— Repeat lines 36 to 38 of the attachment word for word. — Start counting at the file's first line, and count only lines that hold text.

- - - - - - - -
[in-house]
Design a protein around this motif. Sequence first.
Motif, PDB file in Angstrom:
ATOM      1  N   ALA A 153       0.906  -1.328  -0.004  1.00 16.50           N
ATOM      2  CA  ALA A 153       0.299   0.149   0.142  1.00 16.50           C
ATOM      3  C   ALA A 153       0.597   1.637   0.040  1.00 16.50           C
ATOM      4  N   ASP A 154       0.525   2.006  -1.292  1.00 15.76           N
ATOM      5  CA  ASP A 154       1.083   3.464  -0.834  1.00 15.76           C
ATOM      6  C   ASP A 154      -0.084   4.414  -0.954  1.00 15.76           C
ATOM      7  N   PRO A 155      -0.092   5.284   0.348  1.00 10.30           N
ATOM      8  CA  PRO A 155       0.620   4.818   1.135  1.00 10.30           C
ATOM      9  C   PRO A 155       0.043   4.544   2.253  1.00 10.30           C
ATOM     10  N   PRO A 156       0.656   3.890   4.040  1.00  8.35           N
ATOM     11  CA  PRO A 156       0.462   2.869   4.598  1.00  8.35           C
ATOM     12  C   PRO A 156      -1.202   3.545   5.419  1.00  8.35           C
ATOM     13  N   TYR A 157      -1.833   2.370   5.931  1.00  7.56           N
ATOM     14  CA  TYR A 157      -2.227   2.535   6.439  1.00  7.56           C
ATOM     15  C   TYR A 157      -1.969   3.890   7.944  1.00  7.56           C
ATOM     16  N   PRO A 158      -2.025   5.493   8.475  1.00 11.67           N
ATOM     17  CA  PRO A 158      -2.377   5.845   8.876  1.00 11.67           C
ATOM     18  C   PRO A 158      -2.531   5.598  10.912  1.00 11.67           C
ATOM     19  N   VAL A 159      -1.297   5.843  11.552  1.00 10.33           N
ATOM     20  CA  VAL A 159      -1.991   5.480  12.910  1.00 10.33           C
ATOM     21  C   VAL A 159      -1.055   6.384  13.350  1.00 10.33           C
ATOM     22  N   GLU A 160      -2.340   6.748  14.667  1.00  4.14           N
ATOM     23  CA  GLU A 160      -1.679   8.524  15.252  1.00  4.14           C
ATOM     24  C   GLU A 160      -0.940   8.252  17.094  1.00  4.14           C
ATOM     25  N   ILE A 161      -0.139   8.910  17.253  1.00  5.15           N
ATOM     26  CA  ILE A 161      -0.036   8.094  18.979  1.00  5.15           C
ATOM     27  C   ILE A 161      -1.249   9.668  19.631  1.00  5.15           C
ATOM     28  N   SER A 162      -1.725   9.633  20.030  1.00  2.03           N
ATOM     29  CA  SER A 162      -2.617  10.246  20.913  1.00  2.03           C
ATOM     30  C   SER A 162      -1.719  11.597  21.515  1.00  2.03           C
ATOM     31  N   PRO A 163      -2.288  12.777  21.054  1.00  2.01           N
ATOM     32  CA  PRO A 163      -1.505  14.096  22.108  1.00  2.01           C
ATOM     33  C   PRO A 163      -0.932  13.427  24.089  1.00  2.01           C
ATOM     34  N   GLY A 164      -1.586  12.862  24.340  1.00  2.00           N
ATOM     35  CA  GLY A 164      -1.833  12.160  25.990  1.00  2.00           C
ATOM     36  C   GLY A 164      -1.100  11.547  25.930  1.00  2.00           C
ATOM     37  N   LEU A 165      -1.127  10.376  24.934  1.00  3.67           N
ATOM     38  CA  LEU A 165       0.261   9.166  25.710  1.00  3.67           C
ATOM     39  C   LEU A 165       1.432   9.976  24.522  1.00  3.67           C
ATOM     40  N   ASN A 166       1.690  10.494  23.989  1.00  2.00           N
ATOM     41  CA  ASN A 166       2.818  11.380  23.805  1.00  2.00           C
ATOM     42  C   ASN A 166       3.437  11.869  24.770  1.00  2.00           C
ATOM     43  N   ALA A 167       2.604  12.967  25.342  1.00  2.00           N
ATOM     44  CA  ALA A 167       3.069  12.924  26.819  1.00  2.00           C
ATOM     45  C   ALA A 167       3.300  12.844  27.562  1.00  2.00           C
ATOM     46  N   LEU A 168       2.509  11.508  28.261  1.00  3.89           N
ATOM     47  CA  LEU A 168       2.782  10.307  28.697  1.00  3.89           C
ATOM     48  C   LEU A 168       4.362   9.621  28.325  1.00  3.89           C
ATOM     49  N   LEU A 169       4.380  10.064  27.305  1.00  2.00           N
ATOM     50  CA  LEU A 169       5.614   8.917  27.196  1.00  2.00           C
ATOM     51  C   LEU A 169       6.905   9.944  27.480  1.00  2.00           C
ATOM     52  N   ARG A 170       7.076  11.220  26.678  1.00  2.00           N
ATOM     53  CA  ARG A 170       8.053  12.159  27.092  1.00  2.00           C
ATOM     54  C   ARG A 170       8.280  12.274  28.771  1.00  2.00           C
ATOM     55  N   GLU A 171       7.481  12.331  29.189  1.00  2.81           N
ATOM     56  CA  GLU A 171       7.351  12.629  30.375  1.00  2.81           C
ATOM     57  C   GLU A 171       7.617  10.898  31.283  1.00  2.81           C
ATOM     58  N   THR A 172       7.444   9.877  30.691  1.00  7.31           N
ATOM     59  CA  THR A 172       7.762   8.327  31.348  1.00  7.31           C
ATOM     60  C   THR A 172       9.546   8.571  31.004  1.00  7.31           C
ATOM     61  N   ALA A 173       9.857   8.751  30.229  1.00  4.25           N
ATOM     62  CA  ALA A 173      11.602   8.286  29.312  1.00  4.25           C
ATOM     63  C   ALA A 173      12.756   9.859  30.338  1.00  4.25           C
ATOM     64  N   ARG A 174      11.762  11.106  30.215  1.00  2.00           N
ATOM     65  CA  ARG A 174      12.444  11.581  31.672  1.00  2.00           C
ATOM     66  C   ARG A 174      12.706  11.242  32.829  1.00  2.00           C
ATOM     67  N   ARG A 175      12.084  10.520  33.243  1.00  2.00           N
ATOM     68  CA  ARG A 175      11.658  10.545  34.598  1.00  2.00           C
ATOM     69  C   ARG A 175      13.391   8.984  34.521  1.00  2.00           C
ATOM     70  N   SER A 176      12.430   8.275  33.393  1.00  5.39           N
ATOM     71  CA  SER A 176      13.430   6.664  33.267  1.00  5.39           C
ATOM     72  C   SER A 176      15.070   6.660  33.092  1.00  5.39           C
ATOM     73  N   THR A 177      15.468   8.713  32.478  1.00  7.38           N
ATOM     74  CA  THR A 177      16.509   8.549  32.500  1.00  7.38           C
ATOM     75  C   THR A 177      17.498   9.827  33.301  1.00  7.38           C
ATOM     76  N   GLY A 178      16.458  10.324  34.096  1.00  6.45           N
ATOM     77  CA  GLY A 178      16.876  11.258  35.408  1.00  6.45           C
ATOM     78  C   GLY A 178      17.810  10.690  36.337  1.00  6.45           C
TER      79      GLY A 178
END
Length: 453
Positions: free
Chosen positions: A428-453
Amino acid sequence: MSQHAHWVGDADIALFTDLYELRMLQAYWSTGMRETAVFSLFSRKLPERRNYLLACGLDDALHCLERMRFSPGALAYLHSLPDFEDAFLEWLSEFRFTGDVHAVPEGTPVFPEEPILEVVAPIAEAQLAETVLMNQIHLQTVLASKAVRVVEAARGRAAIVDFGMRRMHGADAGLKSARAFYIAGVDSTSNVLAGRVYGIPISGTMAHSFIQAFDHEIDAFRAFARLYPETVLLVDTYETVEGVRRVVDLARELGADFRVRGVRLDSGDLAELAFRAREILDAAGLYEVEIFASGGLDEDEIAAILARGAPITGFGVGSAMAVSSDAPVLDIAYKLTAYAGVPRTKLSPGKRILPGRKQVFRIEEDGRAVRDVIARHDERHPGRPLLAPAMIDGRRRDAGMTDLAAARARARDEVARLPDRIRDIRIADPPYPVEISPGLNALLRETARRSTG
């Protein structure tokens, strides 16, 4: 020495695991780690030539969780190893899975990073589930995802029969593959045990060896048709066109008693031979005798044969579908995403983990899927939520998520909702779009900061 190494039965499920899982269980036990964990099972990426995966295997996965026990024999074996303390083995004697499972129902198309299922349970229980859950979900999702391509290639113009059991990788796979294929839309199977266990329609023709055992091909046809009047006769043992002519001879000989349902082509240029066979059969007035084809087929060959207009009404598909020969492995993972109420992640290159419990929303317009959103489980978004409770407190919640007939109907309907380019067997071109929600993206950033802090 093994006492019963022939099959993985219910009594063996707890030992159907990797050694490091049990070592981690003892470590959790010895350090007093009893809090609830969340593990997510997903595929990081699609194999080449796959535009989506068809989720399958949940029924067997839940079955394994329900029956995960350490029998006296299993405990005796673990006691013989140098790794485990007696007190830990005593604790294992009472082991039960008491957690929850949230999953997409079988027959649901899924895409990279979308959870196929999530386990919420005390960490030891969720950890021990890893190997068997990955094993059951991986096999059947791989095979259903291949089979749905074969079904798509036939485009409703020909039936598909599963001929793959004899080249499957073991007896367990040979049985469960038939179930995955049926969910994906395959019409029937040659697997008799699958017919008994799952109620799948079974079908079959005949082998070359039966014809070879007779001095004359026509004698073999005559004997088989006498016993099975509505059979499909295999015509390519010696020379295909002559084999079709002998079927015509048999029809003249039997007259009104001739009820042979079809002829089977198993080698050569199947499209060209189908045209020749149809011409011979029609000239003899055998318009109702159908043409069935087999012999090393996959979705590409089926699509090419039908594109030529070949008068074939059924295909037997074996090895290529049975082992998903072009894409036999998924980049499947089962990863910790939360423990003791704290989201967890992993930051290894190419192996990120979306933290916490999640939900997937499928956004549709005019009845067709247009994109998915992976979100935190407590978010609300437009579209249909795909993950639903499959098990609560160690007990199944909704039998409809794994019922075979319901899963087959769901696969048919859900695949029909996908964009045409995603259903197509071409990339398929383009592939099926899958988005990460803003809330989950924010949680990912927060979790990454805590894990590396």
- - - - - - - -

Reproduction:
ATOM     33  C   PRO A 163      -0.932  13.427  24.089  1.00  2.01           C
ATOM     34  N   GLY A 164      -1.586  12.862  24.340  1.00  2.00           N
ATOM     35  CA  GLY A 164      -1.833  12.160  25.990  1.00  2.00           C